Perhaps the most prevalent influence is the emergence of the Systems fantasy. This is a genre of tales that, in addition to the accidental travels of the popadants, describes a changing of how the world works. Often, this is a shift from traditional physics to a hyper-quantized world similar to video games. This shift is also forcibly imposed upon the world, and only those with enough flexibility, tenacity, or outright rules-lawyering survive the bloody clash between Systems. The two Great Systems featured in these tales are gaming mechanics and Chinese energy cultivation, which will be examined more in future instalments. Because of the adjacency of System to gaming, web novels increasingly utilize the term and even embody the System as a narrator or an deistic and capricious god.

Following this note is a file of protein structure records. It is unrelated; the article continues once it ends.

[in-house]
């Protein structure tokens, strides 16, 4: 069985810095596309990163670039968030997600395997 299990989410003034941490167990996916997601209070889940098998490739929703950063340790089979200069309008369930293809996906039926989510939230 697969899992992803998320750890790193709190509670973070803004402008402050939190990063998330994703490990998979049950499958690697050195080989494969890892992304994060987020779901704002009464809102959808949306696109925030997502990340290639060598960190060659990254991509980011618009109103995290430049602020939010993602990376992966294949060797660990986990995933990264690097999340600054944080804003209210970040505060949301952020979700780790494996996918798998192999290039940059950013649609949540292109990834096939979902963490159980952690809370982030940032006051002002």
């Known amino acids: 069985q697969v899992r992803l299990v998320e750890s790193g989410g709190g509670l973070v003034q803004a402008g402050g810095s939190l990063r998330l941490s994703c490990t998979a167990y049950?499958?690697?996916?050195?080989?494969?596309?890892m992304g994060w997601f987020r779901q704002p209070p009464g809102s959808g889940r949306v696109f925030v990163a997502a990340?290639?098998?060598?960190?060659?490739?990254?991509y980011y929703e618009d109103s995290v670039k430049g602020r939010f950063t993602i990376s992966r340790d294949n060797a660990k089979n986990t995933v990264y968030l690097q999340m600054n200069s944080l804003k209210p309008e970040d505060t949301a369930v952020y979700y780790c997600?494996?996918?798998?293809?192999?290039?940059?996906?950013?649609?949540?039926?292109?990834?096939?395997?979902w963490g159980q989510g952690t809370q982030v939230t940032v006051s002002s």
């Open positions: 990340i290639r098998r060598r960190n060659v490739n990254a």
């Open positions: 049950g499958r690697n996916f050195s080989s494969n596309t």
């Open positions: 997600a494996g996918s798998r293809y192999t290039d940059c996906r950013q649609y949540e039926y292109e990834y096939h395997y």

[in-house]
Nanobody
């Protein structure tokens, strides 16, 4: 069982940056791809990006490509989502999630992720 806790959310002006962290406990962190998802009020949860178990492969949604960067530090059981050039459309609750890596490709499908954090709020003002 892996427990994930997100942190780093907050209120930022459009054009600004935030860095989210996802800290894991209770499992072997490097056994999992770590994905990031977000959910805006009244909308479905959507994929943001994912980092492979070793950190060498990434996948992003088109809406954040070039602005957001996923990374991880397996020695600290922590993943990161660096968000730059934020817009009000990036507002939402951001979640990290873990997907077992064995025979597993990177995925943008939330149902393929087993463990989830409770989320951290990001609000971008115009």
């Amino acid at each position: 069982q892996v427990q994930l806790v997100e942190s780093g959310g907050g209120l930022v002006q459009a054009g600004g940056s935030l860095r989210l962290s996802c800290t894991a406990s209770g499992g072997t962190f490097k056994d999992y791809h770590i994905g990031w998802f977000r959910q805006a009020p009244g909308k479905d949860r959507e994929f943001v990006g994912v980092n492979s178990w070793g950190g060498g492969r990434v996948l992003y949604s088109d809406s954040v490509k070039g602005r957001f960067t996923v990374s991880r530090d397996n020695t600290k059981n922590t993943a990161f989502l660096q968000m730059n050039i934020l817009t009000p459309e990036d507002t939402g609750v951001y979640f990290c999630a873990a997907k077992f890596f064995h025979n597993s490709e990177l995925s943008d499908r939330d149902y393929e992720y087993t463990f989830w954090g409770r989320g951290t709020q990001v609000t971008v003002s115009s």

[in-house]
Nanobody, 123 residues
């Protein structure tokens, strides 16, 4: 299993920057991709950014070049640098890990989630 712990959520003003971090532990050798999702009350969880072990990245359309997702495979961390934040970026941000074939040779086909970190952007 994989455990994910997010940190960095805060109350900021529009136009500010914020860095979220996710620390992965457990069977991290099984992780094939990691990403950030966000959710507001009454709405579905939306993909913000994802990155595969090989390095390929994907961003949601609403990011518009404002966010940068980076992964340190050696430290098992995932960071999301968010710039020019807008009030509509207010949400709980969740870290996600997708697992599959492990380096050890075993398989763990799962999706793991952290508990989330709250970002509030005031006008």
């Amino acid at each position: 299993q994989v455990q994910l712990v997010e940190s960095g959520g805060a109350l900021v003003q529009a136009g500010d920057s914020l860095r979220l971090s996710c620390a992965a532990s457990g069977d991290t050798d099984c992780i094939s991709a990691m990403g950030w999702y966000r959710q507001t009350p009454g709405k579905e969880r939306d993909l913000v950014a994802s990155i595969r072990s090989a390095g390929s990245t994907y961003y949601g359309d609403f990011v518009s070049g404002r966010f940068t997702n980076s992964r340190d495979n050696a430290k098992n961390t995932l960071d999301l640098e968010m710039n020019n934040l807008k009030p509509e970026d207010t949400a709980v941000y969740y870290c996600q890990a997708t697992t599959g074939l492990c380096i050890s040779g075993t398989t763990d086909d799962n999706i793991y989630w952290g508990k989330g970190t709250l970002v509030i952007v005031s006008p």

I have written elsewhere about the isekai portal fantasy genre and its generally pseudo-European game setting. To sum it up, isekai relies on reincarnation or other tricks to move the accidental traveler from the familiar present to an unfamiliar fantasy world. Unfamiliar is used loosely, as the fantasy worlds usually are built around a fondness or nostalgia around a genre of video games. The accidental traveler is usually granted a unique power that serves to cheat the world’s setting and is usually dragged—willingly or otherwise—into sweeping world-upheaving events and slice-of-life silliness that mimic the main and side quests of a role-playing game.
Isekai stories are often aimed at male audiences, with male protagonists striving for renown, fame, and gold as adventurers. But female protagonists do exist. Sometimes, she will be an adventurer questing not for fame, but for her own security. Other times, she will be swept up into court intrigues between nations where her influence can reshape the world. And in some, she is reincarnated as a villainess in a choose-your-own-adventure relationship game and must avoid the usually catastrophic final fates reserved for evil stepsisters in fairy tales.